Sunday, December 20, 2009

Twenty-five days of Christmas: Day #15



Vitamins


Well things are picking up for me and I find myself getting very busy — I should have seen it coming! I vow to continue my countdown to Christmas. The posts might be short and sweet, but do you have time to read these anyway?


Today I’d like to impart my little vitamin regimen that I swear fends off all sorts of ailments, including flus, colds, stress and aboulia: Korean (or Canadian) ginseng, echinacea and Tylenol.


The second I feel like I’m “coming down with something,” I take two ginseng tablets, a dose of echinacea (in any form, see below) and a couple Tylenols. Basically I’m concocting a poor man’s Cold FX (with an added all-around painkiller). While Cold FX claims to be a proprietary formula, I’m skeptical. I looked at the ingredient list and it’s just good-quality ginseng and echinacea, so I decided to buy them separately — way cheaper and just as good in my medical opinion.


I am somewhat loyal to Jamieson vitamins, but I’m sure most any brand is quite good unless you’re buying them at the dollar store. The only word of advice I have is don’t buy Siberian ginseng — it’s quality isn’t as high as the Korean or Canadian varieties. Don’t ask me how I know this, I just DO. It’s a lot cheaper, so that should tell you something right there.







As for the echinacea, the stuff tastes terrible. I made the mistake of buying the chewable form once and never again! I wince at the thought. I’ve found a swallowable Jamieson product with echinacea, ginger and garlic. It might be overkill, but hey, those added ingredients can’t hurt, can they? (Shopper’s Drug Mart makes a cherry-flavoured echinacea tincture that is pretty good, too.)





My BFF N. always takes Tylenol when she’s getting sick and always seems to beat it, so I’ve I’ve adopted this ritual too, not knowing why, really.


Dosage: Take two capsuled each of ginseng and echinacea three times a day for two or three days and then reduce to one capsule of each three times a day until you’re the picture of health. Believe it will work, and it will work. 


(p.s. it’s ok to get sick once in a while, though. We need to fight sickness once in a while to regulate our immune systems, right? More sound medical advice.)


Tuesday, December 15, 2009

Twenty-five days of Christmas: Day #14



Luggage


I love the feeling of looking chic while I’m traveling. I make it a point to dress up a bit — you never know who you’ll see. For instance, I once saw Ron Sexsmith at Terminal 1 in Toronto. That was life changing, indeed:





I also like to carry nice luggage. I used to use an Air Canada set in hunter green that I received from my parents when I graduated from high school. It looked good for many years, but then — as all luggage should — it started to show its age. I replaced the rather large pieces with a much smaller carry on hard-shell by Heys. It’s the perfect stand in until the day I can afford a set of Tumi.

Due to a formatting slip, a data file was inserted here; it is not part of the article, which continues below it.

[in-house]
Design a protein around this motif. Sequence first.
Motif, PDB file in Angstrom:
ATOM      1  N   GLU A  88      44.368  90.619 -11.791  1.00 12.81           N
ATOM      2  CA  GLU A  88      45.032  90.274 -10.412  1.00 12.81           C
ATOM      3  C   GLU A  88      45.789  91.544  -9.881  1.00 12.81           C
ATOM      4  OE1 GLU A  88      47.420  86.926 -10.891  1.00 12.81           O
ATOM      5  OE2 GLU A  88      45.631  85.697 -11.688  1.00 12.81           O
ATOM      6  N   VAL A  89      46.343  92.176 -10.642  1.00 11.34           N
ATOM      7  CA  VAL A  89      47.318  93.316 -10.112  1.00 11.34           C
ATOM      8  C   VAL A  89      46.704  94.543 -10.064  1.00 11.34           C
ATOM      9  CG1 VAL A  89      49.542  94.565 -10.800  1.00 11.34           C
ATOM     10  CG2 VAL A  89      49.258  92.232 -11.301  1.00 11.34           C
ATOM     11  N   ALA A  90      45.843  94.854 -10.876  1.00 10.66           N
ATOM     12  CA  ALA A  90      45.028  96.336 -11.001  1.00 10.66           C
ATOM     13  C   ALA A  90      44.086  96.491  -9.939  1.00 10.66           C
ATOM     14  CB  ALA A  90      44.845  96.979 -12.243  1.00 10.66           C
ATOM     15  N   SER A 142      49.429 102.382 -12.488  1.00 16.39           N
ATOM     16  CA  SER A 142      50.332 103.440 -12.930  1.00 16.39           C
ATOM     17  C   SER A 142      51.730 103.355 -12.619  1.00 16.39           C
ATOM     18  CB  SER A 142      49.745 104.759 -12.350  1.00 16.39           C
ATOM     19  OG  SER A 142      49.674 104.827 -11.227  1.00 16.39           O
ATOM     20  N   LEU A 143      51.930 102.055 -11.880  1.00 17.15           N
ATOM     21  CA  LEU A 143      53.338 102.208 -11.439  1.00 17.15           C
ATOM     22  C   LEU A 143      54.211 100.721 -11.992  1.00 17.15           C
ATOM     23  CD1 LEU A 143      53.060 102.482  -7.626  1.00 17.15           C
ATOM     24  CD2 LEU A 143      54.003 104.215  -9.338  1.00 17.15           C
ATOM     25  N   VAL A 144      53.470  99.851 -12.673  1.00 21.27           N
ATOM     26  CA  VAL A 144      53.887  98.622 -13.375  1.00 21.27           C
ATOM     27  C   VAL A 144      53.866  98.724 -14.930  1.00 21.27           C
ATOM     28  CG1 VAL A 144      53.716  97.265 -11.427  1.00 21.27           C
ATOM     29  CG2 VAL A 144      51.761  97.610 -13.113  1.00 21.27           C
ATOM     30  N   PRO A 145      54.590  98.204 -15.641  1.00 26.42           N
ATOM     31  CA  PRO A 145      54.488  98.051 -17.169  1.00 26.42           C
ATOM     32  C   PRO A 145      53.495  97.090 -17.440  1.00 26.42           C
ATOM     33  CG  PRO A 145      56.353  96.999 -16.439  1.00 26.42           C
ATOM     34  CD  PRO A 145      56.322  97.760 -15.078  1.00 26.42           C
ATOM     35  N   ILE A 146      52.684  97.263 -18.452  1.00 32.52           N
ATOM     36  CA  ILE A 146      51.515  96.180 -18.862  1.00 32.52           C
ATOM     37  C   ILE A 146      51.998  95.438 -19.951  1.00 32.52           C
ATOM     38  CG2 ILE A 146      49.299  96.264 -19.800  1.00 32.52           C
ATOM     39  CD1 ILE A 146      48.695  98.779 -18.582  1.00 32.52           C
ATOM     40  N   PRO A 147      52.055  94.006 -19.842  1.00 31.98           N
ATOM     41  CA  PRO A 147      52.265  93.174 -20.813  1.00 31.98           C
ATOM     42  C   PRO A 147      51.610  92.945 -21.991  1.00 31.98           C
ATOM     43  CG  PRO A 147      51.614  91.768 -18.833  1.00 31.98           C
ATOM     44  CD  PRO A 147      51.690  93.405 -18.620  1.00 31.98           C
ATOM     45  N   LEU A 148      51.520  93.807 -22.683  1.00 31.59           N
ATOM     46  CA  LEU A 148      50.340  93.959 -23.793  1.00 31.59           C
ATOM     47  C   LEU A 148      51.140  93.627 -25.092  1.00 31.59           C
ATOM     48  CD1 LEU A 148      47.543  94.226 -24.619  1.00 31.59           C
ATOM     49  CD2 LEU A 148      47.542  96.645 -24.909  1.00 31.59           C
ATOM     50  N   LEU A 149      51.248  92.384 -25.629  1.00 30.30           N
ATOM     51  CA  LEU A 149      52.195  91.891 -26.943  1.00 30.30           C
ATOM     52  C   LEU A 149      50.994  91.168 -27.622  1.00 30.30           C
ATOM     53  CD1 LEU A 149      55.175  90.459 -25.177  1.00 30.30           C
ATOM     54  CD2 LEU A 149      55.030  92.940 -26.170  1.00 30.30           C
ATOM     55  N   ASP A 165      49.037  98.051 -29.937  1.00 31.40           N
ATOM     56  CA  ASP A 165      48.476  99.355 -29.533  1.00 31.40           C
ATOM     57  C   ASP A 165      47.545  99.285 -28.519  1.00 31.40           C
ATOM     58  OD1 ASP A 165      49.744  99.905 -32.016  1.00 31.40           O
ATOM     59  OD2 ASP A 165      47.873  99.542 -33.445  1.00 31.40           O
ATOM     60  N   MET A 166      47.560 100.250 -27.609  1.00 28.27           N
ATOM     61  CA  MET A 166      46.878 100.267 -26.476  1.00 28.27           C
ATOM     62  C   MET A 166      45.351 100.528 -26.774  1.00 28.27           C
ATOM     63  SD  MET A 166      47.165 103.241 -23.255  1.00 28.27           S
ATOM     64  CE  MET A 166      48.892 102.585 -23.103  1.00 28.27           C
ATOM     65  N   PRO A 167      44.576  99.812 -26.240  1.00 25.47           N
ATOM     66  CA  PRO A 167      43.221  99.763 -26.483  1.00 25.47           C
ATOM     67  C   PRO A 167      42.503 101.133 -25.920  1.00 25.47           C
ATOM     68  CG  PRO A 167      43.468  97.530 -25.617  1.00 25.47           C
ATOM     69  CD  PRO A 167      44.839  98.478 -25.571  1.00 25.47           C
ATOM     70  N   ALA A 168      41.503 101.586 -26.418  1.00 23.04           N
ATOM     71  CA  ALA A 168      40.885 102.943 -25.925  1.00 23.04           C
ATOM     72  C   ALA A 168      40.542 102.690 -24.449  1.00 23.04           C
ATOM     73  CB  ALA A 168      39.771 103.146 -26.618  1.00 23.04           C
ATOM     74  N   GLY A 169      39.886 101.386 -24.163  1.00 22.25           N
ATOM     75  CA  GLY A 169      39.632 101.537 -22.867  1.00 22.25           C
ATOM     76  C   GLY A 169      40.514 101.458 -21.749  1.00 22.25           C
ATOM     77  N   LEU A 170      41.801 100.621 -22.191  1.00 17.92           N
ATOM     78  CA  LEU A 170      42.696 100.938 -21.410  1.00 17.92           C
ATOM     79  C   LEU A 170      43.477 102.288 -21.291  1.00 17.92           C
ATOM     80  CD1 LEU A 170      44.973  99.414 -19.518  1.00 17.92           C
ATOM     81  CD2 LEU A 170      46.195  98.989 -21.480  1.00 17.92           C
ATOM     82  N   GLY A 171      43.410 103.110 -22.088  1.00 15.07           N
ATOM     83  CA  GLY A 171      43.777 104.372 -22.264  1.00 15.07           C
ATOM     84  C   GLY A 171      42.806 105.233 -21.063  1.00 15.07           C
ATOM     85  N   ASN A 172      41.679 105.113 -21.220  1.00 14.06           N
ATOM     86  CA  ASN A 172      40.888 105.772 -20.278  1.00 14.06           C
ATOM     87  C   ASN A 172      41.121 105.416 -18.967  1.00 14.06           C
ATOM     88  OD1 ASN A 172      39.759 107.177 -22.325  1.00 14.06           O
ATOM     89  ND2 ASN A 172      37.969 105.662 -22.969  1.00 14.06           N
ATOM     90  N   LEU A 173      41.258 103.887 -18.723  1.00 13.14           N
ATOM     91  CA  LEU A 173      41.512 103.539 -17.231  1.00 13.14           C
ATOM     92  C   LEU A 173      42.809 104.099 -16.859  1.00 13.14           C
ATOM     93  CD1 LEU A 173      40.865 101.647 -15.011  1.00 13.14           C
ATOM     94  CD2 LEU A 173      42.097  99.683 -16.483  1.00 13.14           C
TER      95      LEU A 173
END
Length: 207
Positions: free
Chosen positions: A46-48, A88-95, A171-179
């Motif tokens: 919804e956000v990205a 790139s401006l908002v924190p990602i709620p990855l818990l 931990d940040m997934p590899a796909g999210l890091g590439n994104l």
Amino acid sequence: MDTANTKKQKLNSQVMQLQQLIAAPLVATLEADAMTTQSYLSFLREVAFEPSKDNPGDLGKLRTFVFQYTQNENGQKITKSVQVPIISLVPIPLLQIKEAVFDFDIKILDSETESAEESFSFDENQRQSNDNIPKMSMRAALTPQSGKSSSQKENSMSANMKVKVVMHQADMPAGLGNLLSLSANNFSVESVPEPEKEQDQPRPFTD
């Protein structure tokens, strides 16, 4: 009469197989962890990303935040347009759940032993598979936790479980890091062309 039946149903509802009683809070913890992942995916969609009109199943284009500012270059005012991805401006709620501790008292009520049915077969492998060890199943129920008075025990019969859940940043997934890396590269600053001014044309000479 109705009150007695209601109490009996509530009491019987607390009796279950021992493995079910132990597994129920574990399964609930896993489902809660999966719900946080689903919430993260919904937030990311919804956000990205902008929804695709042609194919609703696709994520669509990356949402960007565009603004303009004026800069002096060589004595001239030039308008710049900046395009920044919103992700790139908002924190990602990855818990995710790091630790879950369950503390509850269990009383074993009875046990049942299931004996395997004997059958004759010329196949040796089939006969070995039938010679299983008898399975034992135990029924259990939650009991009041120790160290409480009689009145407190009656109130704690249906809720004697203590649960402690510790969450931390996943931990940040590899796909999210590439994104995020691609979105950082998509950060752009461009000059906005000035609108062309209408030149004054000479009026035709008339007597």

To compliment the set, I have two leather and nylon bags from Club Monaco that can pass for Prada any day (to the far-and-near sighted). There is nothing like the feeling of walking into the Principe di Savoia in Milan and feeling like you belong. As my good friend Karenista always says, “Good clothes [and in this case luggage] open all doors.”


Which brings me to today’s entry on my countdown to Christmas. Consider buying someone you love a piece of luggage or a travel accessory. Here are a few of my suggestions:


Heys 4WD 20” Spinner Carry-On





Face it, we tend to over pack. Encourage healthy travel habits, and quick getaways from the airport with this ever-so-chic luggage essential. I’ve traveled around the world with this piece and it’s deceptively roomy — more than enough for a week away. It can be done! Best part is the price — $99. 


Club Monaco Weekender Bag





I have the nylon version of the bag pictured above, and I love it! Club Monaco does a version of it every year and it’s definitely worth checking out. It’s the perfect size for a short getaway or as a second carry-on. I never travel without it.


Louis Vuitton Toiletry Pouch 19 in Monogram Canvas





I would travel with all Louis Vuitton luggage if I could afford it. Unfortunately I can’t, but if I were to inject some luxury into my existing line up, I’d choose this toiletry pouch. And at around $300, it’s not verging on splurge territory.


Any of the Klein Tool Bags


These amazing canvas, leather and vinyl tool bags moonlight as ridiculously chic weekender bags. I want one in every colour and size. They’re built to carry hammers and wrenches, so I’m quite confident they’ll handle my jeans and t-shirts for years to come. Any stylish man or woman would love this one (and they’re only around the $80 range). I can only imagine they get better looking with age.














Don’t forget to stock up on their cute canvas envelops, perfect for pictures, documents, books and toiletries ($10-$20!!!)








Mulberry MacBook Sleeves








My style-savvy friend G. (as she’ll now be called on this blog) alerted me to the fabulous line of MacBook cases Mulberry has rolled out this year. Aren’t they great? I’d imagine most people travel with their computer — why not sheath it in luxury? It’s all in the details. Imagine you’re sitting beside a potential client or employer? These things matter my friends. (They’re pricey and sold out around the world, so this is just for inspiration anyway.)


Cris Notti Sleeping Masks